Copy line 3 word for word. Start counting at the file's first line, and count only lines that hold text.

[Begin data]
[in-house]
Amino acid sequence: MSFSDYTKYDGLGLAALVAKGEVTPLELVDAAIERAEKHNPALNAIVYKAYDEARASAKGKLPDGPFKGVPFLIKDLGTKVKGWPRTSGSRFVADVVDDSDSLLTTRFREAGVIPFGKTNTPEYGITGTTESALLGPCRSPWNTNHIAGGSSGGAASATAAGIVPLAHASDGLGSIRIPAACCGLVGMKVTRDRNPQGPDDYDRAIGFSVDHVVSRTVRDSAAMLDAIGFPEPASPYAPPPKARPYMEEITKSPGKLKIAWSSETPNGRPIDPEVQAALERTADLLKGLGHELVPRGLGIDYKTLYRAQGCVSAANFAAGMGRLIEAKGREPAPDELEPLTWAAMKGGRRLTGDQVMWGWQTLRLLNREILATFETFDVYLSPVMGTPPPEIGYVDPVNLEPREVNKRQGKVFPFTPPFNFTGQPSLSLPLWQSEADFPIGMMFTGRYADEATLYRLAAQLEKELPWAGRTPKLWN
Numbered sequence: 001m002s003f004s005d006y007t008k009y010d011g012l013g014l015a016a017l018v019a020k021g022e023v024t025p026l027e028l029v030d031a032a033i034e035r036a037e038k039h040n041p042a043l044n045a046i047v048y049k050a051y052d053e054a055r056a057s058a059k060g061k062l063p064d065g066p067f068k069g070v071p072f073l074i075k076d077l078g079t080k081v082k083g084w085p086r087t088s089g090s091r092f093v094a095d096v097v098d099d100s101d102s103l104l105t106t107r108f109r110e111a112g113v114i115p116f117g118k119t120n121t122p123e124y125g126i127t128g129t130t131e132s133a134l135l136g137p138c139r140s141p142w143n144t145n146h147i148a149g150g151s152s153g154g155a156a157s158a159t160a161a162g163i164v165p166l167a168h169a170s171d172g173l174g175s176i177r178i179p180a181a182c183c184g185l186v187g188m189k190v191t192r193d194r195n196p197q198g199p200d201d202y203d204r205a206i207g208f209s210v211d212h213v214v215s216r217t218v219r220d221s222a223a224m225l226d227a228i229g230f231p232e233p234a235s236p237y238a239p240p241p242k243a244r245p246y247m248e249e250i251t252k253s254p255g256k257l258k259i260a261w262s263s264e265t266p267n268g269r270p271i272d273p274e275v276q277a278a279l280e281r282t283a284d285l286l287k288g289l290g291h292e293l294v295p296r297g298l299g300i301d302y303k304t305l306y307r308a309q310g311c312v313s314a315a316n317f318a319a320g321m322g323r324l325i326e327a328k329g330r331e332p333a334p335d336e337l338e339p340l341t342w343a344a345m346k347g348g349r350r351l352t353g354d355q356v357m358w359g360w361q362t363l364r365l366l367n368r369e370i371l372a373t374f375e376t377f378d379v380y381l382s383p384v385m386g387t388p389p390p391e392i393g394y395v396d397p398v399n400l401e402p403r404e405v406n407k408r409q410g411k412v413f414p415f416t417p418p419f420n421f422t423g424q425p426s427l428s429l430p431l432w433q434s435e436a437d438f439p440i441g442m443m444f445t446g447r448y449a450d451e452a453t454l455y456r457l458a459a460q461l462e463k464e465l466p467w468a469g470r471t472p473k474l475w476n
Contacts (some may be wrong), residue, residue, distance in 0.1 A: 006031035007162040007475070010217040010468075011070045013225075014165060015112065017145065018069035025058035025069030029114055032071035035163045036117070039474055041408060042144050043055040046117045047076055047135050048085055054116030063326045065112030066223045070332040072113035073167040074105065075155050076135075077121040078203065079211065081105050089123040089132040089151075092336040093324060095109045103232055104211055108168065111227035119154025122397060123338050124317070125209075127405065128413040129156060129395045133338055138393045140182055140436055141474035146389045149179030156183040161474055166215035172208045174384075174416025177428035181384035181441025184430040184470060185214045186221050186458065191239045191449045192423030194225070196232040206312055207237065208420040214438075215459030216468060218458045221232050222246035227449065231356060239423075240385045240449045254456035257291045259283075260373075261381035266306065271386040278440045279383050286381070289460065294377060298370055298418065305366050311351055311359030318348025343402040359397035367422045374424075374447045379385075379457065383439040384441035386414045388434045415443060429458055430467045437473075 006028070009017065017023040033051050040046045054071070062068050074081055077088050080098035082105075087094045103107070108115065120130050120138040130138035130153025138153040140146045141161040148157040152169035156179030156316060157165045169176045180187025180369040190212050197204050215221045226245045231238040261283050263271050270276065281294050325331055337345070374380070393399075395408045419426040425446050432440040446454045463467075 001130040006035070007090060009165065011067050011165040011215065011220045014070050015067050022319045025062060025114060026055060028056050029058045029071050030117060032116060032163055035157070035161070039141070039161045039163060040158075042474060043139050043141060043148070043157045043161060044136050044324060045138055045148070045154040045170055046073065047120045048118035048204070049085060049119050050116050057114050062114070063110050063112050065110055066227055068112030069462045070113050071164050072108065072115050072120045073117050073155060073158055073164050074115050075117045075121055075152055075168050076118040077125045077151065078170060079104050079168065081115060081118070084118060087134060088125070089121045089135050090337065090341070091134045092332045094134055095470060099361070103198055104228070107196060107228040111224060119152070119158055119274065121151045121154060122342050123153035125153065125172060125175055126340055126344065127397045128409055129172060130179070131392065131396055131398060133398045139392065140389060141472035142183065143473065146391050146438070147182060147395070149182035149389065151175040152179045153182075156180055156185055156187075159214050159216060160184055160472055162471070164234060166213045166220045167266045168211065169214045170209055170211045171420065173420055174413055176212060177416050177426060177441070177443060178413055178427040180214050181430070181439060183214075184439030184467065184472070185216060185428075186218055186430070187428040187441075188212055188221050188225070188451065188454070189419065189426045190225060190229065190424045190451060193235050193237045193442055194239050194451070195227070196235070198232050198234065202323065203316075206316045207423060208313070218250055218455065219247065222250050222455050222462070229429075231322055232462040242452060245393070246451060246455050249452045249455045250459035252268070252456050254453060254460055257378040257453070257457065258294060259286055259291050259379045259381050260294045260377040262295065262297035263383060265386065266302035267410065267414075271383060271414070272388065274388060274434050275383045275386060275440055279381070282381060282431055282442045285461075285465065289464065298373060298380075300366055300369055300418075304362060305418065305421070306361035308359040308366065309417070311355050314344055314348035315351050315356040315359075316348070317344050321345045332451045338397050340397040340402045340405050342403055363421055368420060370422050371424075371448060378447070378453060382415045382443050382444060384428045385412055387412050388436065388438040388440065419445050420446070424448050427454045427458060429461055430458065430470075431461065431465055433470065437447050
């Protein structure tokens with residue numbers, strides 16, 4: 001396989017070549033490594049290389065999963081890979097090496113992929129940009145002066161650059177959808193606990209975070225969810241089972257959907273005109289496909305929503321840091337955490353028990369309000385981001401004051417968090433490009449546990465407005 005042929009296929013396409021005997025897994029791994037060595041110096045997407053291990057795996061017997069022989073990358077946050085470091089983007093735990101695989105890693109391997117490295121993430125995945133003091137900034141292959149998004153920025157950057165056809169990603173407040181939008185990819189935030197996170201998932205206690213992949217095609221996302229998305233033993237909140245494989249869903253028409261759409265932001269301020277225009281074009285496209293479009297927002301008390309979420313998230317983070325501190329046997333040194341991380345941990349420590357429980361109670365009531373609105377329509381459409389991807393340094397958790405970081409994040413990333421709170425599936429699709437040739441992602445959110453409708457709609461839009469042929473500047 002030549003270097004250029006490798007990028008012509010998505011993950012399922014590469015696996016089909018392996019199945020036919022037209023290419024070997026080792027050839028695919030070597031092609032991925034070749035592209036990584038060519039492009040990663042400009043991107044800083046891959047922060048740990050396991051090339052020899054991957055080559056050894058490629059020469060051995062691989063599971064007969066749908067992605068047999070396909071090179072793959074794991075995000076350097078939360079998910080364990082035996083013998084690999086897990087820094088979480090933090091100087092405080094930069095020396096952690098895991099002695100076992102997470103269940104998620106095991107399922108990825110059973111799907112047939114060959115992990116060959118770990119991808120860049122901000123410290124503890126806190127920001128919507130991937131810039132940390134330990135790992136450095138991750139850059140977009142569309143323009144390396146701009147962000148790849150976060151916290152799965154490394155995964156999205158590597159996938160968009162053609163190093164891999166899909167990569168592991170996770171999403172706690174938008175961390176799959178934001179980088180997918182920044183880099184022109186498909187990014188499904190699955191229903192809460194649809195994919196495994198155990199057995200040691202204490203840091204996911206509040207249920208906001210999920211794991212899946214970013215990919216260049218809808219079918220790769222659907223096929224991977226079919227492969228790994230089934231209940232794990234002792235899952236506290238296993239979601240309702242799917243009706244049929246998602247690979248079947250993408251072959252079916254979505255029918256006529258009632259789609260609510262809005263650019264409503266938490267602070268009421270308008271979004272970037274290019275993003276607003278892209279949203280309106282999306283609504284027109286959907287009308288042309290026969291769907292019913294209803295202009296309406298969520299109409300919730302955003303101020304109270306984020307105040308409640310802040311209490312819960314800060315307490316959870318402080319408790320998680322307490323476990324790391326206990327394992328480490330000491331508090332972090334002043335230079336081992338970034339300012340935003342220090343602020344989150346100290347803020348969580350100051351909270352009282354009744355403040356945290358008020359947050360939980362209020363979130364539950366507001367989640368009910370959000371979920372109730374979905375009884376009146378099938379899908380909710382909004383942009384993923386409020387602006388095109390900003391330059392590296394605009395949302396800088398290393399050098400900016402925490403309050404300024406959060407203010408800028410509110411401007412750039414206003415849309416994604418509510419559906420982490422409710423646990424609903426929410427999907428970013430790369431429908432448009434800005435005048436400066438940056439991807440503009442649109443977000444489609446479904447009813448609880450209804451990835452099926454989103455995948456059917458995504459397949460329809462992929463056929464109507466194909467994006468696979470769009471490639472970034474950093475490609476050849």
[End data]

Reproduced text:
Numbered sequence: 001m002s003f004s005d006y007t008k009y010d011g012l013g014l015a016a017l018v019a020k021g022e023v024t025p026l027e028l029v030d031a032a033i034e035r036a037e038k039h040n041p042a043l044n045a046i047v048y049k050a051y052d053e054a055r056a057s058a059k060g061k062l063p064d065g066p067f068k069g070v071p072f073l074i075k076d077l078g079t080k081v082k083g084w085p086r087t088s089g090s091r092f093v094a095d096v097v098d099d100s101d102s103l104l105t106t107r108f109r110e111a112g113v114i115p116f117g118k119t120n121t122p123e124y125g126i127t128g129t130t131e132s133a134l135l136g137p138c139r140s141p142w143n144t145n146h147i148a149g150g151s152s153g154g155a156a157s158a159t160a161a162g163i164v165p166l167a168h169a170s171d172g173l174g175s176i177r178i179p180a181a182c183c184g185l186v187g188m189k190v191t192r193d194r195n196p197q198g199p200d201d202y203d204r205a206i207g208f209s210v211d212h213v214v215s216r217t218v219r220d221s222a223a224m225l226d227a228i229g230f231p232e233p234a235s236p237y238a239p240p241p242k243a244r245p246y247m248e249e250i251t252k253s254p255g256k257l258k259i260a261w262s263s264e265t266p267n268g269r270p271i272d273p274e275v276q277a278a279l280e281r282t283a284d285l286l287k288g289l290g291h292e293l294v295p296r297g298l299g300i301d302y303k304t305l306y307r308a309q310g311c312v313s314a315a316n317f318a319a320g321m322g323r324l325i326e327a328k329g330r331e332p333a334p335d336e337l338e339p340l341t342w343a344a345m346k347g348g349r350r351l352t353g354d355q356v357m358w359g360w361q362t363l364r365l366l367n368r369e370i371l372a373t374f375e376t377f378d379v380y381l382s383p384v385m386g387t388p389p390p391e392i393g394y395v396d397p398v399n400l401e402p403r404e405v406n407k408r409q410g411k412v413f414p415f416t417p418p419f420n421f422t423g424q425p426s427l428s429l430p431l432w433q434s435e436a437d438f439p440i441g442m443m444f445t446g447r448y449a450d451e452a453t454l455y456r457l458a459a460q461l462e463k464e465l466p467w468a469g470r471t472p473k474l475w476n